A head-to-head comparison of EQ-5D-5L and SF-6D in Dutch patients with fractures visiting a Fracture Liaison Service

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AIMS: This study compared the psychometric properties of EQ-5D-5L and SF-6D to assess the interchangeability of both instruments in patients with a recent fracture presenting at a Fracture Liaison Service (FLS).

MATERIALS AND METHODS: Data from a prospective observational study in a Dutch FLS clinic were used. Over three years, subjects were interviewed at several time points using EQ-5D-5L and SF-36. Floor and ceiling effects were evaluated. Agreement was evaluated by intra-class correlation coefficients and visualized in Bland-Altman plots. Spearman's rank correlation coefficients were applied to assess convergent validity. Mann-Whitney U test or Kruskal-Wallis H test as well as effect size (ES) were used to explore known-groups validity. Responsiveness was explored using standardized response mean (SRM) and ES. For each measurement property, hypotheses on direction and magnitude of effects were formulated.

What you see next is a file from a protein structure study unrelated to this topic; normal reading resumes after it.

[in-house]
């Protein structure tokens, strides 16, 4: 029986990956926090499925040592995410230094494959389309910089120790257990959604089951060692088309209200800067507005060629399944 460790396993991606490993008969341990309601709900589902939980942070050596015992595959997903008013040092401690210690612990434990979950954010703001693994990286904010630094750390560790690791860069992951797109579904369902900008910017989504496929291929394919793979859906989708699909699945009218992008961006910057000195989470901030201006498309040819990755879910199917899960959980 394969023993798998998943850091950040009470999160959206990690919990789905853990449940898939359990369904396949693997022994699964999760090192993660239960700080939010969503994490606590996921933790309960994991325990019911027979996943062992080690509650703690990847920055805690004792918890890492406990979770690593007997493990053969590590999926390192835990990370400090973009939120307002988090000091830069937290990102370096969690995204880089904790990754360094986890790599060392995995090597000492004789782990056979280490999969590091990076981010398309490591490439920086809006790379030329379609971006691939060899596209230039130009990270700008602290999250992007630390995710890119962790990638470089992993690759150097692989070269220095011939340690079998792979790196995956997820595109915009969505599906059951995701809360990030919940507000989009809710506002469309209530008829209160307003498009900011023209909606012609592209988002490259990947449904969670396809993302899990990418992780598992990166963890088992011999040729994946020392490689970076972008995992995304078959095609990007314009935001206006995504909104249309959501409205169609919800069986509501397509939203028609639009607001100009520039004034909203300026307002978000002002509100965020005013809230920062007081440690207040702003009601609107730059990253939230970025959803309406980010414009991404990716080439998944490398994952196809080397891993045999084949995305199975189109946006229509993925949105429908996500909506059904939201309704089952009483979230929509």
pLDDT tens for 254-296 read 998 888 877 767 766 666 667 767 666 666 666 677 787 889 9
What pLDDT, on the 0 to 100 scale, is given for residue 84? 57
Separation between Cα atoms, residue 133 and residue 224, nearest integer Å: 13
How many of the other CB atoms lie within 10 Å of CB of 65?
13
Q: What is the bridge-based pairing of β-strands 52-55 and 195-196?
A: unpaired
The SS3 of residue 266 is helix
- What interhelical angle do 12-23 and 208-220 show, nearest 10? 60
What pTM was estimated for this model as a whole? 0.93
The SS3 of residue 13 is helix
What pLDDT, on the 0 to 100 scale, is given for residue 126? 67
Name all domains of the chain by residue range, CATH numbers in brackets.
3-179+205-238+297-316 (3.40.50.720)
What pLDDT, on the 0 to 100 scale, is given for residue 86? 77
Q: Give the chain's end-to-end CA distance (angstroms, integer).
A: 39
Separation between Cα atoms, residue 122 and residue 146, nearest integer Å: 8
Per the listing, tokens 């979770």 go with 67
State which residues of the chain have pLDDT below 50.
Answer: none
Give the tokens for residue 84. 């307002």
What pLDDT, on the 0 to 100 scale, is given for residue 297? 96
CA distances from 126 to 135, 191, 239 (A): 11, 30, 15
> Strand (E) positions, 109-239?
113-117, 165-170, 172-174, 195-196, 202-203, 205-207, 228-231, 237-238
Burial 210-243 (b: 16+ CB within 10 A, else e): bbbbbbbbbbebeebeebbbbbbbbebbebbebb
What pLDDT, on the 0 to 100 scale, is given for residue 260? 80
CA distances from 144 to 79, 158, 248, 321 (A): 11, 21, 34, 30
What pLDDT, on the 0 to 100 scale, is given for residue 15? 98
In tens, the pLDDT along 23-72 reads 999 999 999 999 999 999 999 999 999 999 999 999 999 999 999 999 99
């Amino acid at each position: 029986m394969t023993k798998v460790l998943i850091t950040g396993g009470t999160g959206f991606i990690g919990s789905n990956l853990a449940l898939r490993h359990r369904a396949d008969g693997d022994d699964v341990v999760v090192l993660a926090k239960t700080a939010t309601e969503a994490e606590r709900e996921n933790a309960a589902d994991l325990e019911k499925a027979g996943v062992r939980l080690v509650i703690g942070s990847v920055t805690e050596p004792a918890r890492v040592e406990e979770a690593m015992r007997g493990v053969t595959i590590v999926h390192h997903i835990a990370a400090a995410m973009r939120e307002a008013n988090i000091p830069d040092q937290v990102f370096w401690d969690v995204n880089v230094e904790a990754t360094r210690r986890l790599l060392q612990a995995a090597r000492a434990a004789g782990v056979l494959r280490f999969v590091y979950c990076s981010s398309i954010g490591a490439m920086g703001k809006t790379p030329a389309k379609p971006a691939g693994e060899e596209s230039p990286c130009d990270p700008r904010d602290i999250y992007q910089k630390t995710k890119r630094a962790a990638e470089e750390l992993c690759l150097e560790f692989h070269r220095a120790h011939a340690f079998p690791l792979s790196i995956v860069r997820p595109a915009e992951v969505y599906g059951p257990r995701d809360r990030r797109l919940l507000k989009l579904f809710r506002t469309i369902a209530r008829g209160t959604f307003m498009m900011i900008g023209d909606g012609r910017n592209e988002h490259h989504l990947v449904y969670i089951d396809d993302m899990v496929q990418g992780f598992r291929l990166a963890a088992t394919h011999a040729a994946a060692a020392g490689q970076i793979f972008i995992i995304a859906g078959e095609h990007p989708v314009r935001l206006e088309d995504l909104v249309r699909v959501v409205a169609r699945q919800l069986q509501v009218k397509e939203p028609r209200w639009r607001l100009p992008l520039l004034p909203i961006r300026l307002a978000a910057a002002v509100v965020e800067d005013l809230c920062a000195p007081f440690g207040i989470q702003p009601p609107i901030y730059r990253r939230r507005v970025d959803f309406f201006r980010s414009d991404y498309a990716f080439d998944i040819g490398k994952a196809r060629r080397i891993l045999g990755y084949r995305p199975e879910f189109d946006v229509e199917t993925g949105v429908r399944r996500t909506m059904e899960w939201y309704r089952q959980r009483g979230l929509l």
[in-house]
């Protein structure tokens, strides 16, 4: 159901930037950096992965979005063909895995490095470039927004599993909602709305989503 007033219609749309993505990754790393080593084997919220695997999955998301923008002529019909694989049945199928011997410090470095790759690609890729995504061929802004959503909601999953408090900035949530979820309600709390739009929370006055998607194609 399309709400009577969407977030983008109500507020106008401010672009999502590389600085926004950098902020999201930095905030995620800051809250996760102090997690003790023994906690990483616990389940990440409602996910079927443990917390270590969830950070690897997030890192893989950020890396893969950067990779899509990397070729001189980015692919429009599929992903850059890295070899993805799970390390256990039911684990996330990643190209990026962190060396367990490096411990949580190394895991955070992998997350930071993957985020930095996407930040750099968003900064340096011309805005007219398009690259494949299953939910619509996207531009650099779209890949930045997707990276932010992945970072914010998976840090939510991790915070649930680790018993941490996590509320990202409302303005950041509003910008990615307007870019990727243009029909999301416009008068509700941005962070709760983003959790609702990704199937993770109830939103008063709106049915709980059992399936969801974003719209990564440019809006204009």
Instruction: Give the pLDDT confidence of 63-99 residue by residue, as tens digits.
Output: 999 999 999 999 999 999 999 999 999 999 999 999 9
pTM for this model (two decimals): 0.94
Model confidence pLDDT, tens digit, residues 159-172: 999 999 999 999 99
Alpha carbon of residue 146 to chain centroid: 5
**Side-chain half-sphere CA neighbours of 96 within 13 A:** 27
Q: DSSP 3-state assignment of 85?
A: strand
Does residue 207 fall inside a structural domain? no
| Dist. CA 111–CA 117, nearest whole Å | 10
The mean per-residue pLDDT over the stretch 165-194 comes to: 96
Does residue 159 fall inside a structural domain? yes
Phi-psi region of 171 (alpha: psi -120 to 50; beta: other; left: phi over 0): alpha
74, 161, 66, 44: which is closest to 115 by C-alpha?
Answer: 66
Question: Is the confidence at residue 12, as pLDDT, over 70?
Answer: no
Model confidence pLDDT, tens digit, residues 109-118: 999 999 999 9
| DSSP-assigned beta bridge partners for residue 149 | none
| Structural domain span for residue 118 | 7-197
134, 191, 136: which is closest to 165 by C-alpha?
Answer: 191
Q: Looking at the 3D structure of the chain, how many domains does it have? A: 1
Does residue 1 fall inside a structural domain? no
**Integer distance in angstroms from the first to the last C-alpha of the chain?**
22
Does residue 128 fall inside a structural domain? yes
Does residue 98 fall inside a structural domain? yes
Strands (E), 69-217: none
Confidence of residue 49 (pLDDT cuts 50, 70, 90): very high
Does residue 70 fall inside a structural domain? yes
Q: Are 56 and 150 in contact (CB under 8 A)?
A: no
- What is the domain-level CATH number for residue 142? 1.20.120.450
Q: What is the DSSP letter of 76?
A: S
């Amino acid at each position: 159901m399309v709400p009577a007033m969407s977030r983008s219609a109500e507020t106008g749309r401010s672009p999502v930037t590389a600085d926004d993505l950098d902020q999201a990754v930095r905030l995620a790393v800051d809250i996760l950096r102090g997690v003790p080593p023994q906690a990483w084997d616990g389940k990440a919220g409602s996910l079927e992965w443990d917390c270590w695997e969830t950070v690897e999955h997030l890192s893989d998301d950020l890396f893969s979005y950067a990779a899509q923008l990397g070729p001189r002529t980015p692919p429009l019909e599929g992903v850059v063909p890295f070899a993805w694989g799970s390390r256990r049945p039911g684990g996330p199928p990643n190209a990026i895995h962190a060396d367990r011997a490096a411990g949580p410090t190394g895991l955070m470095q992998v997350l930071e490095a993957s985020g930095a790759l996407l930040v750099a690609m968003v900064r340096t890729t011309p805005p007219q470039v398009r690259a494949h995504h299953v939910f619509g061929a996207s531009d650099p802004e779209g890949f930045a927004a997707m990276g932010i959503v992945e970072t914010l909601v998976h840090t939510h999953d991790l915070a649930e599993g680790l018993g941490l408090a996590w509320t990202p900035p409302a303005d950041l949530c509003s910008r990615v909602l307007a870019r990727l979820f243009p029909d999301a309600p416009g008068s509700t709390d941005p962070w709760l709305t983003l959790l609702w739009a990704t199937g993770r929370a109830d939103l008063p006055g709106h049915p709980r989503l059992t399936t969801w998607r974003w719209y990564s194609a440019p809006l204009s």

RESULTS: A total of 499 patients were included. EQ-5D-5L had considerable ceiling effect in comparison to SF-6D (21% vs. 1.2%). Moderate agreement between the (UK and Dutch) EQ-5D-5L and SF-6D was identified with intra-class correlation coefficients of 0.625 and 0.654, respectively. Bland-Altman plots revealed proportional bias as the differences in utilities between two instruments were highly dependent on the health states. High correlation between instruments was found (UK: rho =0.758; Dutch: rho =0.763). EQ-5D-5L and SF-6D utilities showed high correlation with physical component score but low correlation with mental component score of SF-36. Both instruments showed moderate discrimination (ES >0.5) for subgroup by baseline fracture type, and moderate responsiveness (SRM >0.5) in patients that sustained a subsequent fracture.

CONCLUSION: Both EQ-5D-5L and SF-6D appeared to be valid utility instruments in patients with fractures attending the FLS. However, they cannot be used interchangeably given only moderate agreement was identified, and differences in utilities and ceiling effect were revealed. Comparable construct validity and responsiveness were indicated, and neither instrument was found to be clearly superior.

Original languageEnglish
Pages (from-to)829-839
Number of pages11
JournalJournal of Medical Economics
Issue number1
Early online date8 Jun 2022
Publication statusPublished - 31 Dec 2022


  • EQ-5D-5L
  • SF-6D
  • agreement
  • construct validity
  • fracture
  • responsiveness

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